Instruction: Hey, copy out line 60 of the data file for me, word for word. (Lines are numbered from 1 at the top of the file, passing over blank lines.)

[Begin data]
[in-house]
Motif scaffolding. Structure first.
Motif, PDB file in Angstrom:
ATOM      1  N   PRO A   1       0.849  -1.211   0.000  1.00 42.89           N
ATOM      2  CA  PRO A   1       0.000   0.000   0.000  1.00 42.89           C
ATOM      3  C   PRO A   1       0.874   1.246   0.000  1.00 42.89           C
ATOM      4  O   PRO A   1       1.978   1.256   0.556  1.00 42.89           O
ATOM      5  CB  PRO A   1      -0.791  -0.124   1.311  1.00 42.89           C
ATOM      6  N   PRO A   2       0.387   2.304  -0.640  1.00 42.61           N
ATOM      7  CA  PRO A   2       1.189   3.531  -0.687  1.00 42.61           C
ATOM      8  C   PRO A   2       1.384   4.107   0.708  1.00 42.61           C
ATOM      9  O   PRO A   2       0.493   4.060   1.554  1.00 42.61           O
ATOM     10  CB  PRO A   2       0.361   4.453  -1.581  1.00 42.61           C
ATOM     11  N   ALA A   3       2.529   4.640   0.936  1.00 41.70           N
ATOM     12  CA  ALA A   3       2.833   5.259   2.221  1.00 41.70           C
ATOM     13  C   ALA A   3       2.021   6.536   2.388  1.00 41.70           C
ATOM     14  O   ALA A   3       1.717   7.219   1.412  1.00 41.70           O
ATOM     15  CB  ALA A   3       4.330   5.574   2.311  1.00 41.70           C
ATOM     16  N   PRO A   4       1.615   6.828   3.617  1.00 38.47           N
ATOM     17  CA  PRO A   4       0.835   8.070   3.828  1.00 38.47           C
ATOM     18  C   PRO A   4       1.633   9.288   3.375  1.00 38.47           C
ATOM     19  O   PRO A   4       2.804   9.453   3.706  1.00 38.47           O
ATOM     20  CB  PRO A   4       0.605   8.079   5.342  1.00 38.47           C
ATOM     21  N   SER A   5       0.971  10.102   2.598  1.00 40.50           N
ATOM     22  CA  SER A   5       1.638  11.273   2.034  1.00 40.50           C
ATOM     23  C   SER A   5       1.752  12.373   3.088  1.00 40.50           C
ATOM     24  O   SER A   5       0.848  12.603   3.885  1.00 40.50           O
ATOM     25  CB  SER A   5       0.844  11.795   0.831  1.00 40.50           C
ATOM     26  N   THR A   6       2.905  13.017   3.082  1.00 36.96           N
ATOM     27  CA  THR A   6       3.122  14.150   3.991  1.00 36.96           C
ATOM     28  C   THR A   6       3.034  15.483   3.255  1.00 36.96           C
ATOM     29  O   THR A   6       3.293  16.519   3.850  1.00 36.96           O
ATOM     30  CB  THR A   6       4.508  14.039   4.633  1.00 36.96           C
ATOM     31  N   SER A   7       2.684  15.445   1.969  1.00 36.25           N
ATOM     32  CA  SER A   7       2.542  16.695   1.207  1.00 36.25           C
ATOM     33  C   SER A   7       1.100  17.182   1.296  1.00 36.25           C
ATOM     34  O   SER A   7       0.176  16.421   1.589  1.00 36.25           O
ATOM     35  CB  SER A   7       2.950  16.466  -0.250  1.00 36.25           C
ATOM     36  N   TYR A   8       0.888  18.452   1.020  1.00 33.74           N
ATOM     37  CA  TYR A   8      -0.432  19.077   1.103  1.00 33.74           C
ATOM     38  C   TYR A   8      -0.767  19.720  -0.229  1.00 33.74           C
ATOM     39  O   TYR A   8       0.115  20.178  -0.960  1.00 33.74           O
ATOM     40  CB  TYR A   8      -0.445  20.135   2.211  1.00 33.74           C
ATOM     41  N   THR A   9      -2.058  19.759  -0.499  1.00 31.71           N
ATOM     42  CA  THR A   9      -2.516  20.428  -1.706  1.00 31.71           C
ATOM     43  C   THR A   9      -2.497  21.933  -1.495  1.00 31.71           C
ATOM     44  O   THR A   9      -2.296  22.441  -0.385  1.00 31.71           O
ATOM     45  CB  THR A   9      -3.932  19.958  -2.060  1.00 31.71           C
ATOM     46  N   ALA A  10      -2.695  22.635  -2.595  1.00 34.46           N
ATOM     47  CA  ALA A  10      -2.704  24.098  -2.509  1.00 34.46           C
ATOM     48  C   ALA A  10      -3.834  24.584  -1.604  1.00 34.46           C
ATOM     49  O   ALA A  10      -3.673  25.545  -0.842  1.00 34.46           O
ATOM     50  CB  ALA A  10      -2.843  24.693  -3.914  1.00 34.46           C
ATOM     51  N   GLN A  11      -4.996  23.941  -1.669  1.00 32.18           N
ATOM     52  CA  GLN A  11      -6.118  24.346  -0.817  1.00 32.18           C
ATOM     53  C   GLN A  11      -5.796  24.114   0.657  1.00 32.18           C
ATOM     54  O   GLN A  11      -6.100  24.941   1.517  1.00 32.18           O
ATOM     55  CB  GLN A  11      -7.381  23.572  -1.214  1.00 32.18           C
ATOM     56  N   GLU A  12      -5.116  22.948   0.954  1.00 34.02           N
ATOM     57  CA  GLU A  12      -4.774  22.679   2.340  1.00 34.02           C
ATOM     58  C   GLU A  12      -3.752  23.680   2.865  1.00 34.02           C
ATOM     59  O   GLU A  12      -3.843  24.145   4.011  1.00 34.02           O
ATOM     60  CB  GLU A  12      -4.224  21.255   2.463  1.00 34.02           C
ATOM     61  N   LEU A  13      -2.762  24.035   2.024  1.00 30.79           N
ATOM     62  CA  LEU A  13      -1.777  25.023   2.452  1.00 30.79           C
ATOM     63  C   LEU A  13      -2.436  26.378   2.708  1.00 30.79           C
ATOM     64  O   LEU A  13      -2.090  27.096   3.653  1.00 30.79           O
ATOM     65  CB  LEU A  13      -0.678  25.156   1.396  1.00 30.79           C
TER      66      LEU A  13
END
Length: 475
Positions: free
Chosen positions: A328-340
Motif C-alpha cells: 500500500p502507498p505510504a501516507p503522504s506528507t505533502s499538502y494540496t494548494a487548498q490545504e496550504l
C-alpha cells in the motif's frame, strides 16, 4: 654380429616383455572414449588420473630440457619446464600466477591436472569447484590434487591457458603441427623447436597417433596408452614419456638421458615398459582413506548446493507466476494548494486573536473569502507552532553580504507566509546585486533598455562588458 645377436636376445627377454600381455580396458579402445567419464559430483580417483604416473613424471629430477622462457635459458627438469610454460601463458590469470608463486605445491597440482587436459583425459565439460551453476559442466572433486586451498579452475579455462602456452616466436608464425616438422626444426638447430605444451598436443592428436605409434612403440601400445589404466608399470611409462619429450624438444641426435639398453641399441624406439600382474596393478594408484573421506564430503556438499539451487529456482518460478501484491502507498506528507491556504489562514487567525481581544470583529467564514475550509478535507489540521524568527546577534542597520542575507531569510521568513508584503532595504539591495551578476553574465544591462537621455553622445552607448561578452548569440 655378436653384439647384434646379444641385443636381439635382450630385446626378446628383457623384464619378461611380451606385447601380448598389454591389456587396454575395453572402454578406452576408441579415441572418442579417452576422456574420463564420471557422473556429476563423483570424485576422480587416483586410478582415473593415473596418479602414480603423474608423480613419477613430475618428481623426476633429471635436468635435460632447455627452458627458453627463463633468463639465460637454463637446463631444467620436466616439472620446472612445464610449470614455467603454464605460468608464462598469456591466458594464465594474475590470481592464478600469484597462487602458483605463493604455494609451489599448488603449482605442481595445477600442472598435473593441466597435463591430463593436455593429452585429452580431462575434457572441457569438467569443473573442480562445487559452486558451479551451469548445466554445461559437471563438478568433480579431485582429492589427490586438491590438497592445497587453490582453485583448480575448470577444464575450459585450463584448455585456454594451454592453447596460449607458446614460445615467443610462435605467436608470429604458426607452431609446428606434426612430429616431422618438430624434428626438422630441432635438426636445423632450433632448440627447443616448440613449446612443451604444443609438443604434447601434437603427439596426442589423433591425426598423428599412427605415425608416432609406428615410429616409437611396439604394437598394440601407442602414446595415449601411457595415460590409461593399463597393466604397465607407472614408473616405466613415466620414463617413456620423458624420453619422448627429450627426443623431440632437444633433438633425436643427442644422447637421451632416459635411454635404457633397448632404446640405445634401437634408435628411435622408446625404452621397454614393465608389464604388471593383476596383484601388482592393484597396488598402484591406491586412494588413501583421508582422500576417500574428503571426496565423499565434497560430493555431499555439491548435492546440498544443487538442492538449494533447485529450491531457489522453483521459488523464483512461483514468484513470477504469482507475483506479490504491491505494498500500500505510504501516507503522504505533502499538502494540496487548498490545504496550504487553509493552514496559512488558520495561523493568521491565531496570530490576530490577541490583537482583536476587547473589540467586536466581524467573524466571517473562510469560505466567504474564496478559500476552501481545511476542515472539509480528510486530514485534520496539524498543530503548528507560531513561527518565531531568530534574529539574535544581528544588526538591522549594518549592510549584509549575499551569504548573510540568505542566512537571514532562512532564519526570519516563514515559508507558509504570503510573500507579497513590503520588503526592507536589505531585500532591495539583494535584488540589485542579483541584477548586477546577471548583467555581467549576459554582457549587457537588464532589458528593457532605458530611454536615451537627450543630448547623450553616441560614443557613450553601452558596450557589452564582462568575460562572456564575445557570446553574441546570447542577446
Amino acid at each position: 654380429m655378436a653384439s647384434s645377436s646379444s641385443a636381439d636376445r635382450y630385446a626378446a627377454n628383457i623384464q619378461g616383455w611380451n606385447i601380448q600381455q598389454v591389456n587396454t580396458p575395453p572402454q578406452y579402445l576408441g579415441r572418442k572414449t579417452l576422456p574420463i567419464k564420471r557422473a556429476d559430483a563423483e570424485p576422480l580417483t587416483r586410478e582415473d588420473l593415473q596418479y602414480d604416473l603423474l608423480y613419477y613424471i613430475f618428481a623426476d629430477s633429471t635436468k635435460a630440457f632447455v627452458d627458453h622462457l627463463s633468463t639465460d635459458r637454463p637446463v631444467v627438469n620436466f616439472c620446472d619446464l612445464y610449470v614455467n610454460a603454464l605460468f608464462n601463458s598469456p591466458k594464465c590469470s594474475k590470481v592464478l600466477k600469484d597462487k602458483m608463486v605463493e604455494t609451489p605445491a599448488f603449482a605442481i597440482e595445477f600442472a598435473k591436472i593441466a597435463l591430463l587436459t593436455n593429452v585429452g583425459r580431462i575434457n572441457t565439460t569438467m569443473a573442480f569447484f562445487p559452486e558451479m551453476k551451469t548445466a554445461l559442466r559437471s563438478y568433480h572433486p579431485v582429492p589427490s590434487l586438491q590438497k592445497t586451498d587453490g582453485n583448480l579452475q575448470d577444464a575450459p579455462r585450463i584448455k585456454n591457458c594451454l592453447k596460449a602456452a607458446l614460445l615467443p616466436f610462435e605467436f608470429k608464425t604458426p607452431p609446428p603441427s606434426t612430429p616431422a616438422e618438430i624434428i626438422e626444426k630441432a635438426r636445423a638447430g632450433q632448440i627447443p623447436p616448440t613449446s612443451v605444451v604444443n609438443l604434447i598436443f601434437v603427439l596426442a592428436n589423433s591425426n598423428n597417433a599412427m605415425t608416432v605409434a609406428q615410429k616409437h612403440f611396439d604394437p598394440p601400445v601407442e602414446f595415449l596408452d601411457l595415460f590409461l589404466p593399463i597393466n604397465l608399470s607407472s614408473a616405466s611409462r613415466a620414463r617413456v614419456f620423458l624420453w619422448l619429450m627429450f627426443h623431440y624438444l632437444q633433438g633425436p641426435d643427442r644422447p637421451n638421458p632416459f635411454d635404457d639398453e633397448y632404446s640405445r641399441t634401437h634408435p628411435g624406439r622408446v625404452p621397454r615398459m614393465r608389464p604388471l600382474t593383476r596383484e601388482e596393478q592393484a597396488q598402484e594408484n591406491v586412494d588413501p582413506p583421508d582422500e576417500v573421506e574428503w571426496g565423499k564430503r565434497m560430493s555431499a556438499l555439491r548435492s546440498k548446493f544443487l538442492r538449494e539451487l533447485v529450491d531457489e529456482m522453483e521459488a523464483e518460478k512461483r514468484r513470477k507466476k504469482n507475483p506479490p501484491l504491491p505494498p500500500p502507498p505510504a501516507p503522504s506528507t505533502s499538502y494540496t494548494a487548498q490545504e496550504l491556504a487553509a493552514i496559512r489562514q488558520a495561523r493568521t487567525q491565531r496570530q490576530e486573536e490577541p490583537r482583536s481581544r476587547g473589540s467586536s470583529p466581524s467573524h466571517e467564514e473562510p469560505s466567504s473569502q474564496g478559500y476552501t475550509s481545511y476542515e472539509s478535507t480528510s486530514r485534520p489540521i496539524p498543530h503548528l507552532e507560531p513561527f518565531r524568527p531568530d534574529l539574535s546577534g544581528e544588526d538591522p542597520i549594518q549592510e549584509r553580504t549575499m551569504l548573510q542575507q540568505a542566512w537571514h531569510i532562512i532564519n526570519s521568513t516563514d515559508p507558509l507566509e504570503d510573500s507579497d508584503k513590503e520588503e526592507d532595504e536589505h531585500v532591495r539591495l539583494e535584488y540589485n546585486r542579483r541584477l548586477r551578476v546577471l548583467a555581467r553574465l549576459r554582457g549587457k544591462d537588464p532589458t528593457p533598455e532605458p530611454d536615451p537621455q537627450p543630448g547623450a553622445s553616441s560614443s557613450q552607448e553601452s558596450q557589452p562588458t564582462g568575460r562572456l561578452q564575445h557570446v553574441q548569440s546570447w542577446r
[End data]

ATOM     57  CA  GLU A  12      -4.774  22.679   2.340  1.00 34.02           C